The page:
Rob Ford's death leaves councillors wondering how life at city hall will change

Rob Ford is gone, but councillors say the polarizing and prominent former mayor's presence will live on at Toronto city hall.

'You need guys like Rob Ford,' deputy mayor says of late Ward 2 councillor

Former Toronto mayor Rob Ford has been part of city council since 2000. How will city council change following his death? (Mark Blinch/Reuters)

Rob Ford is gone, but councillors say his presence will live on at Toronto city hall. 

Ford, 46, died of cancer in hospital on Tuesday, leaving behind a young family. 

Mayor John Tory said the loss of Ford — who has been on Toronto city council since he was first elected in 2000 — has left the city reeling and made city hall feel "hollow." Tory said both he and other councillors always wanted Ford back in his council seat, something that sadly won't happen now.

So how will city council change without Ford?

Coun. Denzil Minnan-Wong, an early Ford ally, said the former mayor always kept councillors on their toes. 

Ford, a brash right-wing populist, was first elected in suburban Ward 2 Etobicoke North and quickly made his name by attacking other councillors for what he saw as wasteful spending. That message found an audience, and in 2010 he shocked many by winning the mayoral election by campaigning on the slogan: "Stop the gravy train."

Coun. Denzil Minnan-Wong said Rob Ford always kept councillors on their toes, especially when it came to spending taxpayer money. (John Rieti/CBC)

"You need guys like Rob Ford," Minnan-Wong told CBC News at city hall Monday.

I anticipate that his presence will loom large for a considerable amount of time.- Josh Colle, Toronto city councillor

​Minnan-Wong said Ford had a reputation for not forgetting about the people who elected him, something cemented by his hounding of councillors about how they were spending taxpayer money.

"In terms of councillors' expenses, I don't think that they would be posted now but for Rob Ford," Minnan-Wong said. 

Coun. Josh Colle, who was elected for the first time in the 2010 election that made Ford mayor, said his city hall battles with Ford helped him establish his identity on city council.

Like him of not, Colle called Ford a massive presence on council who "set a certain baseline" that may still guide debates after his death. Colle noted councillors reference Ford even when he's not at meetings, calling certain ideas "Rob Ford policies" or labelling certain politicians "the new Rob Ford."

"I anticipate that his presence will loom large for a considerable amount of time," Colle said. 

Colle, who said he'll remember Ford most fondly as being a loving father of two, said he hasn't thought about who may replace the late councillor.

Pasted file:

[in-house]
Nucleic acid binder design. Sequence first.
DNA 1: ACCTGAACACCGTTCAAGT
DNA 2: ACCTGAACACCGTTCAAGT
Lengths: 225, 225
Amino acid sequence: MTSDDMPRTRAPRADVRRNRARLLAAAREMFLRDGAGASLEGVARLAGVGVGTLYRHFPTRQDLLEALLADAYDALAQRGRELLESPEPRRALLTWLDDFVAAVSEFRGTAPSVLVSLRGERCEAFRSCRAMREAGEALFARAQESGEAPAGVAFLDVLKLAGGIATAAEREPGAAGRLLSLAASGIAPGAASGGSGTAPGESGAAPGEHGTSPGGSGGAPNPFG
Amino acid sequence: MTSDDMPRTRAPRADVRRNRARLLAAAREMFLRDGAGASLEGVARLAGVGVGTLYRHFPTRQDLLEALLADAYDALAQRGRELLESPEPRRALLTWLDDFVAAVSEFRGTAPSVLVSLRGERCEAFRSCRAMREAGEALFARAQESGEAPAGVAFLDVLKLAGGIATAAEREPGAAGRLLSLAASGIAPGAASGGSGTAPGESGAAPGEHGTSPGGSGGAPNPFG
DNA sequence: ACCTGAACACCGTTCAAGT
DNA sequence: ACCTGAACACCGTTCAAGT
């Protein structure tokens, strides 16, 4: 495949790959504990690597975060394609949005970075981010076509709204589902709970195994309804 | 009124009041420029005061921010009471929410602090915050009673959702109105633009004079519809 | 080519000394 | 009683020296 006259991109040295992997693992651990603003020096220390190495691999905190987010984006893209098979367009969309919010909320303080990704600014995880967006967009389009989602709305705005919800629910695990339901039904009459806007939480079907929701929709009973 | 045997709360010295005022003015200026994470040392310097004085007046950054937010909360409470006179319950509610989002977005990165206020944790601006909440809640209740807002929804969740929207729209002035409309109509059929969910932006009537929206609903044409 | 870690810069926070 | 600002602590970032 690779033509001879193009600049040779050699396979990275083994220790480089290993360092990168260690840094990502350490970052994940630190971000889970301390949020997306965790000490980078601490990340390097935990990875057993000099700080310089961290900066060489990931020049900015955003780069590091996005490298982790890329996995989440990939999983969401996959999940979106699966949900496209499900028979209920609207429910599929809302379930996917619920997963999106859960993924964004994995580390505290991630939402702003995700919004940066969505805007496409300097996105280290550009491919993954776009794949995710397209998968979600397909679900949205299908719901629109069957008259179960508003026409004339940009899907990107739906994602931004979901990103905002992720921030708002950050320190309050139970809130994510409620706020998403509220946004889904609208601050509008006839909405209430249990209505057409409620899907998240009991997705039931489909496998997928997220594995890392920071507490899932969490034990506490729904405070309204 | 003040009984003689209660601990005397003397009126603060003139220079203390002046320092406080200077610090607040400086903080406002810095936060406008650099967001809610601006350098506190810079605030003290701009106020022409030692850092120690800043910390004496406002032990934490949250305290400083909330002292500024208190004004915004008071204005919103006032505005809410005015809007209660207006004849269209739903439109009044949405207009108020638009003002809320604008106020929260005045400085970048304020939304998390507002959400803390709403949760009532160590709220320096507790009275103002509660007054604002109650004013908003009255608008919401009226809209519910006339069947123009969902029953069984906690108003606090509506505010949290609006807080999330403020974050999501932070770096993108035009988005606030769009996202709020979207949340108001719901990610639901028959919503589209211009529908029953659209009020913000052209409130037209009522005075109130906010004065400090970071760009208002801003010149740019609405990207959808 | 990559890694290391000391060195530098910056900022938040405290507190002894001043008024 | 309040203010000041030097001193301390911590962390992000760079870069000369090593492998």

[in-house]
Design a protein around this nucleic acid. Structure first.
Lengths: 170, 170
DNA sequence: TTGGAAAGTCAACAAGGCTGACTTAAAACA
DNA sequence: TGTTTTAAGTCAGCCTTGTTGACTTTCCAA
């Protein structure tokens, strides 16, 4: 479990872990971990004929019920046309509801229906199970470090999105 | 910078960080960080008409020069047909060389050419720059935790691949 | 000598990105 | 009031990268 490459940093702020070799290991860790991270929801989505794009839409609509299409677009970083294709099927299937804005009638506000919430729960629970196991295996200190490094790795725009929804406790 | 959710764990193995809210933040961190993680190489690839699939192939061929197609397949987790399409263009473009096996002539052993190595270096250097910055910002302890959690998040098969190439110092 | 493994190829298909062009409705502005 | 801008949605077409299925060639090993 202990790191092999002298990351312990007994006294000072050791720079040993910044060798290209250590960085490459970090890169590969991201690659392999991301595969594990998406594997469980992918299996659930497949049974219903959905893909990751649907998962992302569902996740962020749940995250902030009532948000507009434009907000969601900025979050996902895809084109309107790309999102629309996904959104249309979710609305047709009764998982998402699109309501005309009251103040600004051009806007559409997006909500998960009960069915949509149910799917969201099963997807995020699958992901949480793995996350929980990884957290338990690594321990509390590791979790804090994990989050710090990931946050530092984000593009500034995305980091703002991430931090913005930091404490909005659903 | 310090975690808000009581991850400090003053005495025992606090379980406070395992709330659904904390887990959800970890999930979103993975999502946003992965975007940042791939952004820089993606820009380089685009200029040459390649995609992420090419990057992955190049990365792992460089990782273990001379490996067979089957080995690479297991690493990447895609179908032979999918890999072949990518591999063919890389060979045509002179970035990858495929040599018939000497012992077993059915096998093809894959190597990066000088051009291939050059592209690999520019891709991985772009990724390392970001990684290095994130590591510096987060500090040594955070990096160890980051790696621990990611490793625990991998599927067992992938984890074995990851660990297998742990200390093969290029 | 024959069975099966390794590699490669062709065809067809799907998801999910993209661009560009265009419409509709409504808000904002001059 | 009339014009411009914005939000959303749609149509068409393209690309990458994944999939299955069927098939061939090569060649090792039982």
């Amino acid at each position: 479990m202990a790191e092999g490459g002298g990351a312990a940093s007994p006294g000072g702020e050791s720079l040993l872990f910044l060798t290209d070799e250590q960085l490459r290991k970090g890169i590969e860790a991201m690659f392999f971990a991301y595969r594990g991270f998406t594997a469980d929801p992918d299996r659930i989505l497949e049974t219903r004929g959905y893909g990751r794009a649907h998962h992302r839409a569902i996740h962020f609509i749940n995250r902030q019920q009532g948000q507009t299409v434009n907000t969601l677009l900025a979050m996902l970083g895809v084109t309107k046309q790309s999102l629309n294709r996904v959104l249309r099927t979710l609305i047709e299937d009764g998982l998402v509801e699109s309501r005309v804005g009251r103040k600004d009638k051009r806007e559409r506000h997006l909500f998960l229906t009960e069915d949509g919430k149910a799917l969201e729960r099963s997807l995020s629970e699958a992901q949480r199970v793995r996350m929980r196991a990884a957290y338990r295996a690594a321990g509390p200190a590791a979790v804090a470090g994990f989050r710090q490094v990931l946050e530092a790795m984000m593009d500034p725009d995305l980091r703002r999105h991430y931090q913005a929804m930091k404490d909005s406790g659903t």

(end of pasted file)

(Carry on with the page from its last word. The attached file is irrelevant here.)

Ford's brother, Doug Ford, has previously filled his brother's shoes while his nephew, Michael Ford, is currently a Toronto District School Board trustee. It's unclear when Ford's seat will be filled.

Black and white politician, complex person

Kenny Neville, who identified himself as being a proud member of Ford Nation, cries as he signs a book of condolences at city hall. (John Rieti/CBC)
Coun. Pam McConnell said when it comes to politics, Ford saw issues as black and white and was able to mine the difference between the two sides. 

"He liked a good fight," McConnell, who was once infamously knocked over in council by an irate Ford, told reporters after signing his book of condolences. 

But while they were political rivals, McConnell said Ford was warm in person, often telling her "I love you because I know where you come from."

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      That ability to be both a bitter rival and a friend was something referenced by numerous other councillors and Tory as well. The current mayor fondly recalled Ford telling him mid-debate "Buddy, I'm about to knock you out cold," then smiling and moving on as council wrapped up. 

      Coun. Ana Bailao, another frequent Ford opponent, said she was once celebrating a birthday party with family and friends when she got a phone call saying the mayor was planning to swing by.

      "You're probably surprised to see me here" Bailao remembers the mayor saying of her, "but one of the things that I appreciate is that there's no bullshit with her."

      "He captivated everyone in the room."

      The interest in Ford extended across the city, as well. Bailao said the way Ford governed, which some loved and others found offensive, drove a huge interest in municipal politics. "I think that's one of his biggest legacies."

      Ford enjoyed success at city hall, Norm Kelly says

      Coun. Norm Kelly called Ford's death a tragedy. (John Rieti/CBC)

      Coun. Norm Kelly he will leave the legacy talk to historians.

      I think Rob wasn't through politically.- Doug Holyday, former Toronto councillor

      Kelly, who took over after council stripped Ford of his powers following the crack cocaine scandal, pointed out that Ford did have some major policy successes, including privatizing garbage pickup west of Yonge Street and launching a review of the city's core services. 

      "We tend to think of him as concentrating on the minor stuff — returning phone calls to disgruntled constituents — but in fact he had a strategic view," Kelly said, noting Ford's strong desire for a Scarborough subway.

      The councillor's death, he said, is a tragedy.

      Doug Holyday, the Etobicoke politician who served alongside Ford on city council as deputy mayor before moving to provincial politics, said if Ford could have recovered from cancer he may have taken another shot at the mayor's seat.

      "I think Rob wasn't through politically," Holyday said. 

      "Heaven knows what would have happened."


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